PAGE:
Facebook on Friday said that it will scrap its "trending" topics news section next week and introduce a new "breaking news" label available for posts. It also has a beta version of a dedicated section on Facebook called "Today In" to provide news from local publishers and updates from local officials and organizations.
Despite the efforts, conservatives are still targeting Facebook and other technology companies.
"From research we found that over time people found the product to be less and less useful", Hardiman said.
Facebook's controversial Trending section has fallen out of fashion and will be removed next week, along with products and third-party partner integrations that rely on the Trends API. In answer, CEO Mark Zuckerberg said the company had found no evidence of this, but insisted steps would be taken to remedy the situation if evidence emerged.
Facebook's decision to kill the Trending section comes after a long, dubious saga in which the social network was widely criticized for the effectiveness and legitimacy of the feed.
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Facebook's head of news products, Alex Hardiman, wrote in the announcement that the company is now testing a breaking news label that would put the power of editorial decisions in the hands of news organizations. In early 2017, Facebook made another attempt to fix the trending section, this time by including only topics covered by several news publishers.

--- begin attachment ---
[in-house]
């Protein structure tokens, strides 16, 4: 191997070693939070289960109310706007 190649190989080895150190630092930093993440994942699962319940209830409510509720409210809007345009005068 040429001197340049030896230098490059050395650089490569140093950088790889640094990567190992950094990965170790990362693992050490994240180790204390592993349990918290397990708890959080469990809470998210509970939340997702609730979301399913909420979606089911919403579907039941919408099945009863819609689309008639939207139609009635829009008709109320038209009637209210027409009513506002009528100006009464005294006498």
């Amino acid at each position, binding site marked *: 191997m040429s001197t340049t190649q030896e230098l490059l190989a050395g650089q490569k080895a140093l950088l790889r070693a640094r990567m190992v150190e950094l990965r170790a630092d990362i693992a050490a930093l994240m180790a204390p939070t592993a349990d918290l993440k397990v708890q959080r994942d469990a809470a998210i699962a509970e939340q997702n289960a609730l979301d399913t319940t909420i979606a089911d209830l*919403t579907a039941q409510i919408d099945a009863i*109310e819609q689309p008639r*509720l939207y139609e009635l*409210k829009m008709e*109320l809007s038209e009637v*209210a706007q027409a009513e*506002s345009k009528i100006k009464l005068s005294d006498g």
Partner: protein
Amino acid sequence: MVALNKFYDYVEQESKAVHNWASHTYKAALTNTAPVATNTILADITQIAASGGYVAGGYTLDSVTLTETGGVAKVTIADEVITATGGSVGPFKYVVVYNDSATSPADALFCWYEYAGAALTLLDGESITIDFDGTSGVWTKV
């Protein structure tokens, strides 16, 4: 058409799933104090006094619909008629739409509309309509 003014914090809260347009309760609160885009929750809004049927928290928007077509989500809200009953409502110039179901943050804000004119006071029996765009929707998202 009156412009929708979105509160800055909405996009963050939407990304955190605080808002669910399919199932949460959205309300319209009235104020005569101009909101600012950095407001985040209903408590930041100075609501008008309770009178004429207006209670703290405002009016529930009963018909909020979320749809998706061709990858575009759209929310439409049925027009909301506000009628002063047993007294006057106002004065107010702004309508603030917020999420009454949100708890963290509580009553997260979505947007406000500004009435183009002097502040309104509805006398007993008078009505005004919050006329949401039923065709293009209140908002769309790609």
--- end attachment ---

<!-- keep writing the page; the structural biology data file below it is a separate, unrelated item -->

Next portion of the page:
Testing is underway for a "breaking news" label with 80 news publishers worldwide, said the company.
While Facebook got attention for the problems the trending section had - perhaps because it seemed popular with journalists - neither its existence nor its removal makes much difference in regards to Facebook's broader problems with news. Yes, it shows trending news stories. It amassed notoriety in 2016 after a Gizmodo report that detailed allegations of the trending team suppressing conservative news. On Friday, one of the site's biggest changes was announced.
"There are other ways for us to better invest our resources", Hardiman told the AP. It also proved problematic in ways that hinted at Facebook's later problems with fake news, political balance and the limitations of AI in managing the human world. It will also launch news videos like live coverage, daily news briefings and weekly deep dives in its Watch tab, the service's home base for video.